A Face Only a Captive Audience Could Love
Subject: Juliette Lewis, 37-year old American actress & singer
Date of Assessment: August 20, 2010
Positive Buzzwords: Ferocity, work ethic, unyielding
Negative Buzzwords: Batshit crazy, nontraditional, weirdo
The Case: The always eccentric Juliette Lewis is a very strange specimen and, in a certain light, quite comparable to actor Danny Trejo in that, with just one glance at their respective resumés, one gets an instant recognition of just how many familiar movies within which they’ve appeared. In fact, I’ll bet that you’ve completely forgotten that, with Christmas Vacation, Lewis became one of the many actresses to portray Audrey Griswold. On second thought, let’s forget about that one, shall we?
Of course, with as much film and television as Lewis has done, a lot of it has fallen into the proverbial ether. She’s never been a leading lady in the traditional sense and, even with her bigger roles, Lewis hasn’t ever received top billing, her name in lights, or any of that other stuff awarded to A-listers. At the same time, Juliette is capable of delivering not only capable but often compelling performances that are often more memorable than the film in question, although she’s rarely the reason you wanted to see a movie in the first place. To illustrate, Kalifornia was billed with Brad Pitt and David Duchovny, but it was Juliette’s interpretation of her nuanced character that made the story somewhat believable; likewise, Natural Born Killers was marketed to fans of Robert Downey, Jr. and Woody Harrelson, but it’s difficult to imagine any other actress in the scuffed-up, sociopathic shoes of Mallory Knox. Perhaps Juliette’s strength as a stand-out supporting actress is enough to downplay her lack of box-office prowess, for she’s certainly never been lacking for roles or found herself shilling crap products on the QVC network.
Over the years, Juliette has appeared in many beloved films has held her own alongside Johnny Depp and Leonardo DiCaprio in What’s Eating Gilbert Grape and again with DiCaprio in The Basketball Diaries. She’s has worked with some of the so-called “directorial greats.” For her performance in Martin Scorsese’s Cape Fear remake, Juliette was nominated for an Oscar for Best Supporting Actress (and as we know, nominations tend to make more sense than wins where The Academy is concerned). After the stint with Scorsese, Juliette went on to play a temptress in Husband and Wives, when appearing in a Woody Allen still sort of meant something (you know, before he did ridiculous things such as the ScarJo Trilogy of Zaftig Boobery).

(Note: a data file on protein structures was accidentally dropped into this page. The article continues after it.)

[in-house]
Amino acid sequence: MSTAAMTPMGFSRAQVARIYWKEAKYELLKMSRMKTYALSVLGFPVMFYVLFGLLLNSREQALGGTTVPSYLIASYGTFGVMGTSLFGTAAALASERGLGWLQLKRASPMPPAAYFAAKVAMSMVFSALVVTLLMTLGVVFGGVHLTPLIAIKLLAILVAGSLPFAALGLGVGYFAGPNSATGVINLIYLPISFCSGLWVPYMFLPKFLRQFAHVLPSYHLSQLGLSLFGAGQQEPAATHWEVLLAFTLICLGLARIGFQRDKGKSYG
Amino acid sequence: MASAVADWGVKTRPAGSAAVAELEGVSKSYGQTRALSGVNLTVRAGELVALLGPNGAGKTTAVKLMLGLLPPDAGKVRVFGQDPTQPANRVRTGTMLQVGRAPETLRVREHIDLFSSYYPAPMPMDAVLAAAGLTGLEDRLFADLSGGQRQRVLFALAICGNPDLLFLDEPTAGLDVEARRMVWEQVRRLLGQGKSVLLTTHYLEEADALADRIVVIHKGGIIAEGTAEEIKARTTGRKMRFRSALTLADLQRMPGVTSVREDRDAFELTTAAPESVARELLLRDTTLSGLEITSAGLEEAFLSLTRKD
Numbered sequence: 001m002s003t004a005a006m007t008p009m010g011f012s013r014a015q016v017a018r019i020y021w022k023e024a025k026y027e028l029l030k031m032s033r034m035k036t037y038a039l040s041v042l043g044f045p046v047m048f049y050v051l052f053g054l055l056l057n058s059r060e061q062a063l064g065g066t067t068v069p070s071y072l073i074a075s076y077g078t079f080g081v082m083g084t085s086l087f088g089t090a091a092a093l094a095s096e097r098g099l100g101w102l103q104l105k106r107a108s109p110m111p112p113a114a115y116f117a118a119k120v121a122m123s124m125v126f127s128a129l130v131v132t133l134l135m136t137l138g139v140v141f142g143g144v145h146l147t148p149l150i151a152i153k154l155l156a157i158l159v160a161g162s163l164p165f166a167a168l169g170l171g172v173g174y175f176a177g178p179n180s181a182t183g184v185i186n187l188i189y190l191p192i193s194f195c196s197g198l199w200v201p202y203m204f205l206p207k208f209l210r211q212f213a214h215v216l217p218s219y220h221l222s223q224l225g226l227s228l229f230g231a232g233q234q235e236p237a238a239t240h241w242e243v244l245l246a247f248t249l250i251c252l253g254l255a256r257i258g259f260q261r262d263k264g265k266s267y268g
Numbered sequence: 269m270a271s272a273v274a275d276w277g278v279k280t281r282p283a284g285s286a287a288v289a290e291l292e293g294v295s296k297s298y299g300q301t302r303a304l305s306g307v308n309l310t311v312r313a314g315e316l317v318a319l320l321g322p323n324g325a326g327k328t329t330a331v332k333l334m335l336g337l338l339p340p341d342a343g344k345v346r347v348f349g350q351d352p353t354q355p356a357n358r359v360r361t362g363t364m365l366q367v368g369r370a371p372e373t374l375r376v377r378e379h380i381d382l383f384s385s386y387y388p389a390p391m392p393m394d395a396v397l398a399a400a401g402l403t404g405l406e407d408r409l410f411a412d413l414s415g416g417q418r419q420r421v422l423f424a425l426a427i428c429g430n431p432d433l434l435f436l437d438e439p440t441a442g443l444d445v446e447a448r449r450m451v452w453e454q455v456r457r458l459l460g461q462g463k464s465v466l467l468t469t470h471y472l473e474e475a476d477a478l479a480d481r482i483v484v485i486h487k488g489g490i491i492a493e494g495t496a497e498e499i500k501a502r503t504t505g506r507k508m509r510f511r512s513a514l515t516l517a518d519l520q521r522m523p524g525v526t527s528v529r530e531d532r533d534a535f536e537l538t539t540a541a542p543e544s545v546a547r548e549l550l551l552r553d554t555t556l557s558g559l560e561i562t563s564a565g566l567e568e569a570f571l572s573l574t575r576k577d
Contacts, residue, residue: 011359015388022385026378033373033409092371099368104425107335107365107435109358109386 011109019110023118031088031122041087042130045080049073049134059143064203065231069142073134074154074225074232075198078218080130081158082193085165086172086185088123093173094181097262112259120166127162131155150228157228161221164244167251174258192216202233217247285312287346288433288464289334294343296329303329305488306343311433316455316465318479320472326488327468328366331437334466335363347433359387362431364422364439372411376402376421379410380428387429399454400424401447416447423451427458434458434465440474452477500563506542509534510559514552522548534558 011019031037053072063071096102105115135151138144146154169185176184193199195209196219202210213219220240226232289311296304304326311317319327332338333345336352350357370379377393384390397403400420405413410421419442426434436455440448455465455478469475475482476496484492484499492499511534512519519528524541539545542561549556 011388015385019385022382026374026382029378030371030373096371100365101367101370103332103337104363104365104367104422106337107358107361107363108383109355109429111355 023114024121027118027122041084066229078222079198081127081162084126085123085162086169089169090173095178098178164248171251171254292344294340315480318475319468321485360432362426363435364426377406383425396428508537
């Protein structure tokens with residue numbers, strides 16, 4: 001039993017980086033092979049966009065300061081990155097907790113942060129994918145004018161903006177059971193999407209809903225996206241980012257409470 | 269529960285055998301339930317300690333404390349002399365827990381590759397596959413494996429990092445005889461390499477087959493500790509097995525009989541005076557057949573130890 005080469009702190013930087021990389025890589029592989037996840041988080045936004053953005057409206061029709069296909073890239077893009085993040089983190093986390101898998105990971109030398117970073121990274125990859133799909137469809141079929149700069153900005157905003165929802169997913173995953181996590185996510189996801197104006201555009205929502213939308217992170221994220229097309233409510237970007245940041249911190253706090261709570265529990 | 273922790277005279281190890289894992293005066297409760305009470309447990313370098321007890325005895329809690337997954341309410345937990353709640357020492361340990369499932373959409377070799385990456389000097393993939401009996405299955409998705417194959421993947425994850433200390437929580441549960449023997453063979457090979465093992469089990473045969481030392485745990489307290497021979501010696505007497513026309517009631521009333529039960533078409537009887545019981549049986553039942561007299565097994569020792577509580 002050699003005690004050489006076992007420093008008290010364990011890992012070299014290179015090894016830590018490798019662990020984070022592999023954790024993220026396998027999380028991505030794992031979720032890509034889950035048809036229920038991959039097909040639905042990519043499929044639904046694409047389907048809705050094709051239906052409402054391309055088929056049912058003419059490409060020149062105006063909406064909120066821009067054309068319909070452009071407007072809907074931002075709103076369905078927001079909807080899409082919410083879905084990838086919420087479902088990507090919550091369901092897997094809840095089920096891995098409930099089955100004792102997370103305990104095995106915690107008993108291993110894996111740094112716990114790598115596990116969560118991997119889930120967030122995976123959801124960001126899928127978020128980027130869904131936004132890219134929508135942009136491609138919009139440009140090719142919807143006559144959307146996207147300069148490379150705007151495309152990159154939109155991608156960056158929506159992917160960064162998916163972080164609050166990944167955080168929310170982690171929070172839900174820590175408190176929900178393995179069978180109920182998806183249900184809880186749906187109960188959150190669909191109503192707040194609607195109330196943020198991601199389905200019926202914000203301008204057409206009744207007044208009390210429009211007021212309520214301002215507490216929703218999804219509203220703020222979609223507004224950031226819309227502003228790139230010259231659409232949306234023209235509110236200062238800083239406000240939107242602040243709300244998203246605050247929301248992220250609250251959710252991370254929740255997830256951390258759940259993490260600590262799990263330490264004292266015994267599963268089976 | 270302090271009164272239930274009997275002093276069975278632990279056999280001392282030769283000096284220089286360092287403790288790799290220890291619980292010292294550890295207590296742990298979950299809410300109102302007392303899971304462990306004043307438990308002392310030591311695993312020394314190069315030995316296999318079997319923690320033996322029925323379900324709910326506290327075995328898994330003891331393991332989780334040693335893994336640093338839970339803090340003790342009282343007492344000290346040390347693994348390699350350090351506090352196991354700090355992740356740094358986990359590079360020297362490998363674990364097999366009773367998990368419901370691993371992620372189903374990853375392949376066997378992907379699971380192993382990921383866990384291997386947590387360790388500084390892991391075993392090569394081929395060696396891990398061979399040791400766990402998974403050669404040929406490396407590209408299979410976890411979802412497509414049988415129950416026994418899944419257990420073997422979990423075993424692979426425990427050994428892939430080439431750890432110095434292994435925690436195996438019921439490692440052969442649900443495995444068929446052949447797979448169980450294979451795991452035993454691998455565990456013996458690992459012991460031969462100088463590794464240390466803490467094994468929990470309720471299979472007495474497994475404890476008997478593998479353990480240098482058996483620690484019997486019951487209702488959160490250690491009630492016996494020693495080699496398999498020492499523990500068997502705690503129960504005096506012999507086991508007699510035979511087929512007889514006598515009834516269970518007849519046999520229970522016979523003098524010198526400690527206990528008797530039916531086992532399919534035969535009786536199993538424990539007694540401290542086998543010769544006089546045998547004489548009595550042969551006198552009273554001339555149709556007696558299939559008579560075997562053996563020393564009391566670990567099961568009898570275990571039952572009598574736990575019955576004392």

It’s actually quite interesting that, in an industry based almost entirely upon physical appearance and overt sex appeal, an average-looking girl like Juliette Lewis has persisted and continued to be quite employable in Hollywood. And given her reliable nature as a supporting actress, I’ve begun to think of her as a character actor (even though she doesn’t make those lists either). But if you think about it, one expects a certain type of role — characters that are either emotionally damaged or a bit mentally challenged with some trailer trash on the side — from Lewis, and one generally has those expectations met. She’s able to pull off the archetypal innocent young female confronted by evil (From Dusk Till Dawn and Cape Fear), and can vary the intensity needed for violent, often disturbing cult hits like Romeo Is Bleeding, Kalifornia, The Way of the Gun, and Natural Born Killers. Then, she can change things up with fluffier stuff like Hysterical Blindness before sidetracking a bit to start a death-penalty debate in television movies such as “Too Young to Die?” (As a side note, if anyone could ever explain why Lewis participated in The 4th Floor, where she kicked ass amidst styrofoam popcorn and rotting carcasses, I’d sure appreciate some enlightenment. The same applies to William Hurt.)
Mostly, I dig Juliette Lewis. Yes, she’s a nutty-ass Scientologist, but I can appreciate that she and her talking crotch appear to limit their proselytizing sessions to film sets. Further, her weirdness is rather endearing in many ways, and I rather admire her energy level, which is much like that of an 8-year old in terms of inexplicable endurance. Lately, Juliette’s been pulled into supporting roles by Drew Barrymore (Whip It) and Jennifer Aniston (The Switch), and — as if that weren’t enough to keep her busy — in the face of the crumbling music industry, she’s fronted a few rock bands that have never been accused of delivering less than an electrifying live performance. Methinks she’ll be around for as long as she wants to be around.
Prognosis: Juliette Lewis actually doesn’t belong in Hollywood in any traditional sense, yet she’s carved out a respectable body of work and will never have to beg for employment. As the great Francis McDormand once stated, “character actors work until they decide not to work.” Take that, botoxed leading ladies.
Agent Bedhead lives in Tulsa, Oklahoma. She and her little black heart can be found at agentbedhead.com.